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How Much Does It Hurt?


An anti-Zohydro rally at the Massachusetts State House on April 29.  

As a result, Americans consume 80 percent of the global opioid supply. “In most of Europe, it isn’t like physicians don’t prescribe opioids,” says Michael Von Korff of the Seattle-based Group Health Research Institute. “But they do it very cautiously, very selectively, and at low doses, and they don’t seem to be having the same problems we’re having here.”

The dramatic American embrace of painkillers in some ways begins with the distinction between acute and chronic pain. The former refers to the sudden, intense, and usually short-lived pain associated with a discrete event—surgery, a broken arm, getting your wisdom teeth pulled; it’s the kind of pain that typically requires a short course of painkilling medication, and virtually no one in the medical community disputes the utility of opioid drugs in this setting. Chronic pain, however, is an alternative universe of torment; if pain is, as C. S. Lewis once said, God’s megaphone, then chronic pain is a megaphone with a different kind of volume knob—incapacitating, demoralizing, life-altering. Among the more common causes are lower-back pain, migraine headaches, osteoarthritis, and fibromyalgia, a diffuse form of musculoskeletal pain, as well as cancer. As one patient told the FDA when it was considering Zohydro, his pain became so intense that “I told my doctor, ‘Either find me a tall building to jump off or something to help me with my pain.’ ”

But pain is very difficult to quantify for both subjective and psychological reasons. There’s no objective instrument to measure pain; patients typically rate their own (usually on a scale of zero to ten), but there is clearly a psychological component to its perception because, as FDA officials have pointed out, upwards of 40 percent of patients who take part in clinical trials report pain relief when given a sugar pill. For a long time, doctors shied away from using opioid painkillers for chronic pain, fearing the long-term side effects. In 1986, two doctors then at Memorial Sloan-Kettering Cancer Center, Russell Portenoy and Kathleen Foley, reported in the journal Pain that long-term opioid use in several dozen chronic-pain patients provided “safe, salutary, and more humane” treatment for non-cancer pain; the majority of patients said they achieved satisfactory pain relief, and the researchers reported very little risk of addiction (two patients out of 38, both with a prior history of drug abuse). It was the avatar of a message that would gain strength in the 1990s: Doctors were being excessively cautious about the use of narcotic painkillers, especially in cancer patients facing end-stage disease. A new, derogatory word trickled into the medical vocabulary: opiophobic.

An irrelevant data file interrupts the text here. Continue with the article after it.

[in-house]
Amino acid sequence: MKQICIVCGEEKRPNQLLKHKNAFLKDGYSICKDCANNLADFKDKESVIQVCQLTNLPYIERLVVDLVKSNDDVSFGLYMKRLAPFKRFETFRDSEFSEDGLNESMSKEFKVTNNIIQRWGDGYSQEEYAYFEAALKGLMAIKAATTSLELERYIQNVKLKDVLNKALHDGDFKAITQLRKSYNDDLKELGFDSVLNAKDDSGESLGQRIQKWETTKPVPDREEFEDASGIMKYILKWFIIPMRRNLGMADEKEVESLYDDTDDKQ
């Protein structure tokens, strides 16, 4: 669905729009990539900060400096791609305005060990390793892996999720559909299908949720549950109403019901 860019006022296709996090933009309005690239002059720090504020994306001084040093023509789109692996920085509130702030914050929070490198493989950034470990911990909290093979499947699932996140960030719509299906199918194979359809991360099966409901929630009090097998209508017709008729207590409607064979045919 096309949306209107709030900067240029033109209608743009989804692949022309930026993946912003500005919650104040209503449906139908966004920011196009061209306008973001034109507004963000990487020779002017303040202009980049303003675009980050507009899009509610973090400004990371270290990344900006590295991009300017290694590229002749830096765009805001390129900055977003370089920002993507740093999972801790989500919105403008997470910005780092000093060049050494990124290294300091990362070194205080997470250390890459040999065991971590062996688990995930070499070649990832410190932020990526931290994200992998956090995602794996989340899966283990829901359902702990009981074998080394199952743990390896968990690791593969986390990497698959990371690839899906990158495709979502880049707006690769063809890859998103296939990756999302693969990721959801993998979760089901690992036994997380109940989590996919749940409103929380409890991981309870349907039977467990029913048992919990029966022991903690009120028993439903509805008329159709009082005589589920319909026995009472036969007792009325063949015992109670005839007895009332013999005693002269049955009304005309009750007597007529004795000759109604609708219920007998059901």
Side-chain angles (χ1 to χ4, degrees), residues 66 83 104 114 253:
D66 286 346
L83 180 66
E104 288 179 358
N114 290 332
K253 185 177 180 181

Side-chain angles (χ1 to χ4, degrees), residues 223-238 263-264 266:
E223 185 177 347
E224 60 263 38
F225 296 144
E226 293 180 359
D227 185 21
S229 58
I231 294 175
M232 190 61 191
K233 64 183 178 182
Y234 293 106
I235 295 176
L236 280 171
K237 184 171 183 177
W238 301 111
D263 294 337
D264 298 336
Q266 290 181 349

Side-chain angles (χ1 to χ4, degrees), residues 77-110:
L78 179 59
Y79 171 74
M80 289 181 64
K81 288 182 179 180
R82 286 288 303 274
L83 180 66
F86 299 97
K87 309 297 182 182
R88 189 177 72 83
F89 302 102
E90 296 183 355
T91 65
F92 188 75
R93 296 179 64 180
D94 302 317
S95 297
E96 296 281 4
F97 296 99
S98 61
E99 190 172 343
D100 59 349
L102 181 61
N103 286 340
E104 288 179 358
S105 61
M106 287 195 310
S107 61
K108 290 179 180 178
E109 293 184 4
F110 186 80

In 1996, Purdue Pharma introduced OxyContin, an extended-release version of oxycodone for chronic-pain patients; it contained up to 80 milligrams of oxycodone (Zohydro contains up to 50 milligrams of hydrocodone, which many physicians believe is less potent and addictive than oxycodone). In marketing its product, Purdue deliberately downplayed the risk of addiction. Purdue Frederick Co. (part of the pharmaceutical company) and three company executives would later admit to federal charges of “falsely claiming that OxyContin was less addictive, less subject to abuse, and less likely to cause withdrawal symptoms than other pain medication.” (The company agreed to pay a staggering $634 million fine.)

That part about it being less addictive? Not quite true. “An opioid is an opioid is an opioid,” says Lewis Nelson, an NYU professor and attending physician in the emergency medical department at Bellevue hospital. “Heroin is illegal; oxycodone, hydrocodone, hydromorphone are all just legal versions of the illegal drug heroin from an end-user’s perspective.” And in part because of the ready availability of opioid painkillers, the National Institute on Drug Abuse estimates that 1.9 million Americans have become addicted to prescription painkillers.

In November 2011, the Centers for Disease Control and Prevention confirmed an “epidemic” with damning statistics showing that rates of opioid prescription, addiction, and fatal overdose rose virtually in lockstep since the late 1990s. “By 2010,” the CDC reported, “enough [opioid painkillers] were sold to medicate every American adult with a typical dose of 5-mg. of hydrocodone every four hours for one month.”

If there was a modest bright spot, it was that Purdue Pharma introduced a tamper-resistant formulation of OxyContin in August 2010; anyone trying to crush the pills to abuse the drug would end up with a gooey, uninjectible gel. Such measures seemed to discourage drug abusers from using the long-acting painkiller with its big payload of narcotic: A 2012 report in the New England Journal of Medicine documented a dramatic decline in OxyContin use among drug abusers after the change. But the report also detected an early hint of an ominous trend. Hooked on opioids, drug abusers began to move on to a cheaper and more plentiful alternative: heroin.

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